Can employers require their employees to take the Covid-19 vaccine?

The first phase of Australia’s coronavirus vaccination program began on 22 February 2021. Approximately 1.4 million doses of the Pfizer vaccine will be distributed to frontline healthcare workers, hotel quarantine workers and aged care staff and residents over the next several weeks.  

The second part of the first phase of vaccinations will be distributed to persons aged over 70, disabled/vulnerable persons and high-risk workers such as ADF and police personnel.

After this, the remainder of Australia’s working population will be asked to take their turn in the queue to receive the vaccine. Chief government ministers, including Scott Morrison, have repeatedly stated that the vaccine will not be mandatory. 

However, many working Australians will likely be asking the question as to whether their employers can require them to take the vaccine. This question may be a cause of concern for those who are unable to take the vaccine on medical or religious grounds, or those who object to the vaccine for other reasons. 

Fortunately, the question has been recently considered by the law. In the case of Glover v Ozcare [2021] FWC 231, Ms Maria Glover made an application to the Fair Work Commission(FWC) in October 2020 against her employer, Ozcare, on the grounds that she was unfairly dismissed from work.

Ms Glover had worked for Ozcare since 2009. In early 2020, she was informed she could not return to work without an influenza vaccine. Ms Glover objected to this requirement, arguing that she had suffered an adverse reaction to an influenza vaccine as a child. Ms Glover did not provide evidence to prove she was allergic to the vaccine and was taken off the work roster from May.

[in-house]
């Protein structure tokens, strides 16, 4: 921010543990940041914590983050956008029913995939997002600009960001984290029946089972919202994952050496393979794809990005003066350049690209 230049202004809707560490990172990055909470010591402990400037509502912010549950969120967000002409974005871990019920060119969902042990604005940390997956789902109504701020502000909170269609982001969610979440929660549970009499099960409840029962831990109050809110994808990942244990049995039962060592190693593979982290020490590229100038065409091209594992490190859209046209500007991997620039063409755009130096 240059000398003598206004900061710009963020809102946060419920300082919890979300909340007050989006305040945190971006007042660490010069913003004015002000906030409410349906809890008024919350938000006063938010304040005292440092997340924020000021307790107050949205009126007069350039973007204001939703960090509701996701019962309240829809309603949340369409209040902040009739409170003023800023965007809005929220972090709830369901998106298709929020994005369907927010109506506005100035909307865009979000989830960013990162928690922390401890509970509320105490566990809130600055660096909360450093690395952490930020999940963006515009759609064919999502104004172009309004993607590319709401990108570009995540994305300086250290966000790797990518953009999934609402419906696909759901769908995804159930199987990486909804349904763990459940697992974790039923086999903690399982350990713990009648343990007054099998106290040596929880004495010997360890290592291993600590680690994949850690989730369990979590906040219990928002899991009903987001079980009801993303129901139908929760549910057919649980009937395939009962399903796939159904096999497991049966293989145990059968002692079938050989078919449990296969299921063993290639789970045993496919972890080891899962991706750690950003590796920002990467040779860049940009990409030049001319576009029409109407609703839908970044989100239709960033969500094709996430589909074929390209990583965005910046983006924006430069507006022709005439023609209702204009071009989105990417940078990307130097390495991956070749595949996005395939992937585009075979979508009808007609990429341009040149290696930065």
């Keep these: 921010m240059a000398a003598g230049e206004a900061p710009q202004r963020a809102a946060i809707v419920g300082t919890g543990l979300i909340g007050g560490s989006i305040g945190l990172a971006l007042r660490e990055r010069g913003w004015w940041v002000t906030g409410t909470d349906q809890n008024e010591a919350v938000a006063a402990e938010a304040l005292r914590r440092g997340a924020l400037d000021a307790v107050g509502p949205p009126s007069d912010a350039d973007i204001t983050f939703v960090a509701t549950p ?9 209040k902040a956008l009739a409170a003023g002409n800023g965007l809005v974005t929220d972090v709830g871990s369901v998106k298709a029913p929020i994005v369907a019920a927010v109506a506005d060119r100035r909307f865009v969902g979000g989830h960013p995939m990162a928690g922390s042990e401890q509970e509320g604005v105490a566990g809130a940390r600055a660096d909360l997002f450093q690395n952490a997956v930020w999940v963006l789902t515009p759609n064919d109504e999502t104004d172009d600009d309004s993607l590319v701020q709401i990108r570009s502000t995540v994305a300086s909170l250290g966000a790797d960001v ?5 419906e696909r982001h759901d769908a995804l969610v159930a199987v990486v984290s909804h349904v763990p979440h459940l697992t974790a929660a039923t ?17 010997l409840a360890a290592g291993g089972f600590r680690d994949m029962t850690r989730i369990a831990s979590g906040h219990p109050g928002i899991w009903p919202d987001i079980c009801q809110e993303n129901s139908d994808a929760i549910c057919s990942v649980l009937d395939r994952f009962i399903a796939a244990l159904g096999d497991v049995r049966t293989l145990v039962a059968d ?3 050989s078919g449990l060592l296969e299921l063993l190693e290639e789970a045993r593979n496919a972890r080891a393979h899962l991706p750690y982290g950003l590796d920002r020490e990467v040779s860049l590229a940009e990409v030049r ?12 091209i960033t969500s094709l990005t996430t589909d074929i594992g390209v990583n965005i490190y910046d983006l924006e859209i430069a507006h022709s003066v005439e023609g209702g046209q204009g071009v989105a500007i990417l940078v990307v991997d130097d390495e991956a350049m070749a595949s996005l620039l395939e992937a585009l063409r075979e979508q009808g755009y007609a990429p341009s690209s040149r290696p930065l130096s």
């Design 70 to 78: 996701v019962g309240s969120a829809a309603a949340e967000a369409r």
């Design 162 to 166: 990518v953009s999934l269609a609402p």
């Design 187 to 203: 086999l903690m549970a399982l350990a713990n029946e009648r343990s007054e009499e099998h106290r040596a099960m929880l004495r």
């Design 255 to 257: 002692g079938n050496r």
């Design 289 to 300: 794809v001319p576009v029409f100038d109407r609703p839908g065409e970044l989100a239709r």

The CEO of Ozcare, Mr Anthony Godfrey, wrote a letter to Ms Glover on 20 April 2020 stating that the organisation owed a duty of care to its elderly and vulnerable clients to ensure their safety during the Covid-19 pandemic. Mr Godfrey also cited s362B of the Public Health Act 2005 (Qld), which stated that employees could not enter a residential aged care facility from 1 May 2020 without an influenza vaccine, unless that employee had a contraindication to the vaccine. 

During the hearing, Ms Glover submitted her belief that Ozcare owed her a duty of care, as an employee, for her health and safety by not forcing her to receive the influence vaccine. 

Commissioner Hunt of the FWCstated that an employee’s role and nature of work needs to be considered when deciding whether an employer’s decision to mandate vaccination is lawful and reasonable. The Commissioner hypothesised that by the end of 2021 supermarket Santa Clauses may be required to be vaccinated to work. He stated that such a requirement may not be unreasonable considering the role and nature of such work. Therefore, Commissioner Hunt decreed that such a requirement could be lawful and reasonable in particular circumstances.

Prior to the decision in Ozcare, in Arnold v Goodstart Early Learning [2020] FWC 6083 the FWCdecided to not exercise its discretion to allow a further period of filing an application. Ms Nicole Arnold lodged her application one day past the 21-day deadline.